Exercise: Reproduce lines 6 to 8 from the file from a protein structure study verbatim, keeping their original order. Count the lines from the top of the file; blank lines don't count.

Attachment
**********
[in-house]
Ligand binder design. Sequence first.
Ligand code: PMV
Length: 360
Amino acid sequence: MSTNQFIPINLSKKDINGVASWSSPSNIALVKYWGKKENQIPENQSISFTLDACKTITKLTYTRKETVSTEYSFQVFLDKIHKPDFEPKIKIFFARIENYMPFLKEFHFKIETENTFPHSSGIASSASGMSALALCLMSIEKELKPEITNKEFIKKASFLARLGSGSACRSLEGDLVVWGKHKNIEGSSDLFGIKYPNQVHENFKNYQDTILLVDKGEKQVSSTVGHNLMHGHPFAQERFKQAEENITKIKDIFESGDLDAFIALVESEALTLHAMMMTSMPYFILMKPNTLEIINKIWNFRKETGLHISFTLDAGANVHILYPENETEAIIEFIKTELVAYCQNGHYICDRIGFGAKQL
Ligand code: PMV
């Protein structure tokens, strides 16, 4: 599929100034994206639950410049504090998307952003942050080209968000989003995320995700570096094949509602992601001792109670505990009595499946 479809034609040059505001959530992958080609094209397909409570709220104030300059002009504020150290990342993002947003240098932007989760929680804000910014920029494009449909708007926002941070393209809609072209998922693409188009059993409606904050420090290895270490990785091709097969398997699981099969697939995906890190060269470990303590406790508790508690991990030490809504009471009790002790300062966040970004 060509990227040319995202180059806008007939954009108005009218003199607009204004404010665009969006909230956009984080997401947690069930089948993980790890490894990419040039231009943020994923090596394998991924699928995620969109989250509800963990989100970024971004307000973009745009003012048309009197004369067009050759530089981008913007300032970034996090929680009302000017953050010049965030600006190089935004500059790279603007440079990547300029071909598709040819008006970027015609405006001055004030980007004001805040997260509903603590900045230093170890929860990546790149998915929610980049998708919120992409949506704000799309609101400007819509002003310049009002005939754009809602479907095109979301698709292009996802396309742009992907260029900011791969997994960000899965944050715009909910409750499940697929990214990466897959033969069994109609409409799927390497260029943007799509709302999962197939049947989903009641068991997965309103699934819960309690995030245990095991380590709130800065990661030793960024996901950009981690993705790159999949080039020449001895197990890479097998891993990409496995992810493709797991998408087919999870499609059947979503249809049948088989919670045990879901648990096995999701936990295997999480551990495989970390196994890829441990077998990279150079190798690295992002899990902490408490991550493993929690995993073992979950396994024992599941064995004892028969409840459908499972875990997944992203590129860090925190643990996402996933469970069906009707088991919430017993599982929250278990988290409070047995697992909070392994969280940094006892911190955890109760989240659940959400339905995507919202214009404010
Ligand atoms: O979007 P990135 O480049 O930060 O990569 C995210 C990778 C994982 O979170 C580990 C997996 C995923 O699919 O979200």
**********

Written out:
Ligand code: PMV
């Protein structure tokens, strides 16, 4: 599929100034994206639950410049504090998307952003942050080209968000989003995320995700570096094949509602992601001792109670505990009595499946 479809034609040059505001959530992958080609094209397909409570709220104030300059002009504020150290990342993002947003240098932007989760929680804000910014920029494009449909708007926002941070393209809609072209998922693409188009059993409606904050420090290895270490990785091709097969398997699981099969697939995906890190060269470990303590406790508790508690991990030490809504009471009790002790300062966040970004 060509990227040319995202180059806008007939954009108005009218003199607009204004404010665009969006909230956009984080997401947690069930089948993980790890490894990419040039231009943020994923090596394998991924699928995620969109989250509800963990989100970024971004307000973009745009003012048309009197004369067009050759530089981008913007300032970034996090929680009302000017953050010049965030600006190089935004500059790279603007440079990547300029071909598709040819008006970027015609405006001055004030980007004001805040997260509903603590900045230093170890929860990546790149998915929610980049998708919120992409949506704000799309609101400007819509002003310049009002005939754009809602479907095109979301698709292009996802396309742009992907260029900011791969997994960000899965944050715009909910409750499940697929990214990466897959033969069994109609409409799927390497260029943007799509709302999962197939049947989903009641068991997965309103699934819960309690995030245990095991380590709130800065990661030793960024996901950009981690993705790159999949080039020449001895197990890479097998891993990409496995992810493709797991998408087919999870499609059947979503249809049948088989919670045990879901648990096995999701936990295997999480551990495989970390196994890829441990077998990279150079190798690295992002899990902490408490991550493993929690995993073992979950396994024992599941064995004892028969409840459908499972875990997944992203590129860090925190643990996402996933469970069906009707088991919430017993599982929250278990988290409070047995697992909070392994969280940094006892911190955890109760989240659940959400339905995507919202214009404010
Ligand atoms: O979007 P990135 O480049 O930060 O990569 C995210 C990778 C994982 O979170 C580990 C997996 C995923 O699919 O979200």